2024 Isuzu D-Max


6. BYD ute – late 2024

BYD is a fast-growing brand in Australia, with its Atto 3, Dolphin and interesting new Seal. However, the Chinese brand will soon step into the dual-cab ute market with a plug-in hybrid offering and then a fully electric option.

It’s understood the hybrid system will use a 1.5-litre turbo-petrol four-cylinder engine paired with an electric motor and decent-sized battery. A fully electric driving range could potentially be upwards of 100km, bettering the Ford Ranger PHEV’s range of 45km. Combined output figures are yet to be discovered.

As with BYD’s existing lineup, we should expect a very practical yet slightly quirky interior for the new ute. A large touch-screen will probably dominate the dash, and as we can see by these official design patents, the exterior will showcase a clean and smoothed-edge boxy design.

The plug-in hybrid will launch first, late this year, followed by a fully electric version some time in 2025.


7. Ford Ranger Plug-in Hybrid – confirmed early 2025

Ford’s popular Ranger receives a plug-in hybrid option in 2025. Offering the versatility and capability of the Ranger platform with the added benefits of electrified propulsion, the plug-in hybrid model is poised to provide an efficient and practical solution for Australian consumers.

This will be the first plug-in hybrid ute of its kind in Australia (unless one of the others pips it at the post), with power coming from a 2.3-litre turbo-petrol pairing with an electric motor assist system. Specs haven’t been confirmed in terms of battery size and total output, but the electric driving range is confirmed to be around 45km. It will also offer more than 600Nm of torque, and vehicle-to-load ‘Pro Power Onboard’ functionality.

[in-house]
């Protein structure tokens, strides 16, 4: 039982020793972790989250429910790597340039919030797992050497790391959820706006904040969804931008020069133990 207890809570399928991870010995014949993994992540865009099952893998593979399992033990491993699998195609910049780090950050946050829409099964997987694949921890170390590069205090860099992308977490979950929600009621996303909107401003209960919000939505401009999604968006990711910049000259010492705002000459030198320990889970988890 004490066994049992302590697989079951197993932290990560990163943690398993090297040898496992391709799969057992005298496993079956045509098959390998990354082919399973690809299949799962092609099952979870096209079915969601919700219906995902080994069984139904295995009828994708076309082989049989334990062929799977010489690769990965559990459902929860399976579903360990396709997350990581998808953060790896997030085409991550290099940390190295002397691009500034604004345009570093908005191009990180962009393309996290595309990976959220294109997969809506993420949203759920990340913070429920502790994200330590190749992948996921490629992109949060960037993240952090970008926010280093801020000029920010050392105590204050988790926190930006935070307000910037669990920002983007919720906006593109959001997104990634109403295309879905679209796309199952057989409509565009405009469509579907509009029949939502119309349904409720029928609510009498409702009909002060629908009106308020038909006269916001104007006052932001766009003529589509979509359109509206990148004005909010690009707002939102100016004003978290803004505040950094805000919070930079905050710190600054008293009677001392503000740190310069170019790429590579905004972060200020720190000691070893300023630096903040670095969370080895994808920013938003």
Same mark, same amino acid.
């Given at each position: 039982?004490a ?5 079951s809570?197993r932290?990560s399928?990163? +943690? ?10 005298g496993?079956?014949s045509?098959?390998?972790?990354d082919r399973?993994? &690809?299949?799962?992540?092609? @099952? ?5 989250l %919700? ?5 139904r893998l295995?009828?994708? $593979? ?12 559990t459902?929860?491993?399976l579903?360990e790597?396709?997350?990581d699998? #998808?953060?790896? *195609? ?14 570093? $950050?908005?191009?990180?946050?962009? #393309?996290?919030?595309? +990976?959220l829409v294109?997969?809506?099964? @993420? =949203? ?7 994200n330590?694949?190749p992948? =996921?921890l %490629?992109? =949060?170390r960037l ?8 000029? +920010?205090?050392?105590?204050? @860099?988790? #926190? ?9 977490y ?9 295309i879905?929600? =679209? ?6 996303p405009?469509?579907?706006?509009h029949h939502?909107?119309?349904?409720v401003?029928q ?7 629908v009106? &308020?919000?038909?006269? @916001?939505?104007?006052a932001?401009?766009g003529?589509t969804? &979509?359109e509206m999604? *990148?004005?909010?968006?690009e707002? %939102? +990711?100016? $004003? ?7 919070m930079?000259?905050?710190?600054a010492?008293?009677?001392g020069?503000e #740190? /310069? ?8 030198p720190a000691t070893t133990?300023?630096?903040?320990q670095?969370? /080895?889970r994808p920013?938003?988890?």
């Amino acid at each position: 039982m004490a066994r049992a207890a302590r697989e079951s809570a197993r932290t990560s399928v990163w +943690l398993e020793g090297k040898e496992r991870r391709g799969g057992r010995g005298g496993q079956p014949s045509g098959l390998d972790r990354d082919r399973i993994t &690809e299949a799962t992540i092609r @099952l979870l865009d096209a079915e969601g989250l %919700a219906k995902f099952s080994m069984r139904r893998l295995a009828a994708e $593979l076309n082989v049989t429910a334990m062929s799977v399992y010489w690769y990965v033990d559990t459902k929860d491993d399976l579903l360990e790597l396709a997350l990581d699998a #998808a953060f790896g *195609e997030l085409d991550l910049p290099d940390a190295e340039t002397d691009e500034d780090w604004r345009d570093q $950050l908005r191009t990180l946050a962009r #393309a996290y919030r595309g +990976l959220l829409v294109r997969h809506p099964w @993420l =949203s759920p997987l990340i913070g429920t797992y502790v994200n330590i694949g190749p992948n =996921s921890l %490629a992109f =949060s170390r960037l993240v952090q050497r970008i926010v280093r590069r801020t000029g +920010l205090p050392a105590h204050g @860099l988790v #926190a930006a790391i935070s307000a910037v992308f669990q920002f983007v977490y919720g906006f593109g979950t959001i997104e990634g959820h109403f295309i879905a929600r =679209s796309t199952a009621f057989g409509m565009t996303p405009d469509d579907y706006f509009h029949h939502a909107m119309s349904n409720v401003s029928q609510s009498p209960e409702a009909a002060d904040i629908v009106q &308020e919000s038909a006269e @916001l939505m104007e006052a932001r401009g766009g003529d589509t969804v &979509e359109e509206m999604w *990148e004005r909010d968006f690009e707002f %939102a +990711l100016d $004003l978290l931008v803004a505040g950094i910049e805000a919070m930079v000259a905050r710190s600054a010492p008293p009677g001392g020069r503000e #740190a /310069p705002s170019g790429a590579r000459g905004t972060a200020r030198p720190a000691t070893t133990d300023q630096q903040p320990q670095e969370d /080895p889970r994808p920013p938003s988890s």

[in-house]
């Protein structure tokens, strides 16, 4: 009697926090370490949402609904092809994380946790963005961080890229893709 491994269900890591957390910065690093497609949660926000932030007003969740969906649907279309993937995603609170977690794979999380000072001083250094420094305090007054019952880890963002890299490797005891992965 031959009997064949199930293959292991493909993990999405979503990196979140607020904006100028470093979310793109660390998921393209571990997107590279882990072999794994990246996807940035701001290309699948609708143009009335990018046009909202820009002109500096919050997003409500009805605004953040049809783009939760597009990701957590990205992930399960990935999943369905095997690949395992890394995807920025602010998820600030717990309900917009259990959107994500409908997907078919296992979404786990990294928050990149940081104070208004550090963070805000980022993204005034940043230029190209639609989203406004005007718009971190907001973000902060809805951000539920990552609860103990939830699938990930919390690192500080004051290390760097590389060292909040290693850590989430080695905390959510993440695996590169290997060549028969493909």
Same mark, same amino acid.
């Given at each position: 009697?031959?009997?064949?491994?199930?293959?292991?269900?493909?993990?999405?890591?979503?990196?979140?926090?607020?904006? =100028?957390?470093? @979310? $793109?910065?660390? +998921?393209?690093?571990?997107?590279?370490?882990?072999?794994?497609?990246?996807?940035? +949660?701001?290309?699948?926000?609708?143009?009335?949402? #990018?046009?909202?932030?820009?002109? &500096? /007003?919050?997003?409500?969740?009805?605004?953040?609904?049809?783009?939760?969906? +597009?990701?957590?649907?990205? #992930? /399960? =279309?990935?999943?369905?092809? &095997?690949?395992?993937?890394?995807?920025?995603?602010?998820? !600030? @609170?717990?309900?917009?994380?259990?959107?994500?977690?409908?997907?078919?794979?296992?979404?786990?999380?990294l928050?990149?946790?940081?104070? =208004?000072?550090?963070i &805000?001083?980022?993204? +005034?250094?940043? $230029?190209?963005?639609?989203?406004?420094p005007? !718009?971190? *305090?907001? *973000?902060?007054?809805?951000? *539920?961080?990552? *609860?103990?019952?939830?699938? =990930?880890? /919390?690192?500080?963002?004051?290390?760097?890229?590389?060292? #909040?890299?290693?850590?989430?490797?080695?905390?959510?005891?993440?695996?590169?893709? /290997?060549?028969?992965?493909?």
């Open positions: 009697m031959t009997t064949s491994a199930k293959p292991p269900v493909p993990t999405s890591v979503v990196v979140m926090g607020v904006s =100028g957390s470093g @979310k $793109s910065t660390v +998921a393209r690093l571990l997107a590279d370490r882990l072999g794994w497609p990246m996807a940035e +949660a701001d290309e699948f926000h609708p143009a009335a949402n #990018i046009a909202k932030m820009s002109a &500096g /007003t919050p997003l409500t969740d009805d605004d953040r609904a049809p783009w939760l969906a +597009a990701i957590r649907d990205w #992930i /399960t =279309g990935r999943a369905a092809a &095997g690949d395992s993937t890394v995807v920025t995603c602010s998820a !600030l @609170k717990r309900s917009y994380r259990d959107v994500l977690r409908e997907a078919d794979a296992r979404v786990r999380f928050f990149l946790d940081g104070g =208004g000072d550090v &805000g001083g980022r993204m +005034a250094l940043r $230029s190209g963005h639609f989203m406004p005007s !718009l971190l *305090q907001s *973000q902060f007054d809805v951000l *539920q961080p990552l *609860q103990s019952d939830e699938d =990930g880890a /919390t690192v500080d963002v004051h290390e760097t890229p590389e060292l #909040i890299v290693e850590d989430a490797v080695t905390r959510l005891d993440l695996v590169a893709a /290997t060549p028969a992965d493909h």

Ford says the braked towing capacity will remain at 3500kg but it is yet to confirm payload figures. It is also yet to confirm pricing figures, but it is likely to become the most expensive Ranger yet.


8. Kia ‘Tasman’ ute – early 2025

Kia’s entry into the ute segment is highly anticipated. Launching in early 2025, the new model, dubbed the Tasman (based on a trademark finding) will offer a blend of rugged capability and modern design, along with Kia’s renowned reliability and feature-rich interiors. This model is likely to appeal to consumers seeking a balance between functionality and comfort.

According to our insider sources, Kia is planning to offer a 2.2-litre turbo-diesel with around 157kW/420Nm, along with a 2.5-litre turbo-petrol producing around 206kW/422Nm, as well as fully electric options with up to 410kW/800Nm.

We’ve also heard Kia is targeting a full 3500kg towing capacity and over 1100kg payload, with a modern interior complete with enough USB ports to keep all passengers happy. Prices are set to start from around $50,000 for the base model and top out at around $90,000 for the top electric version.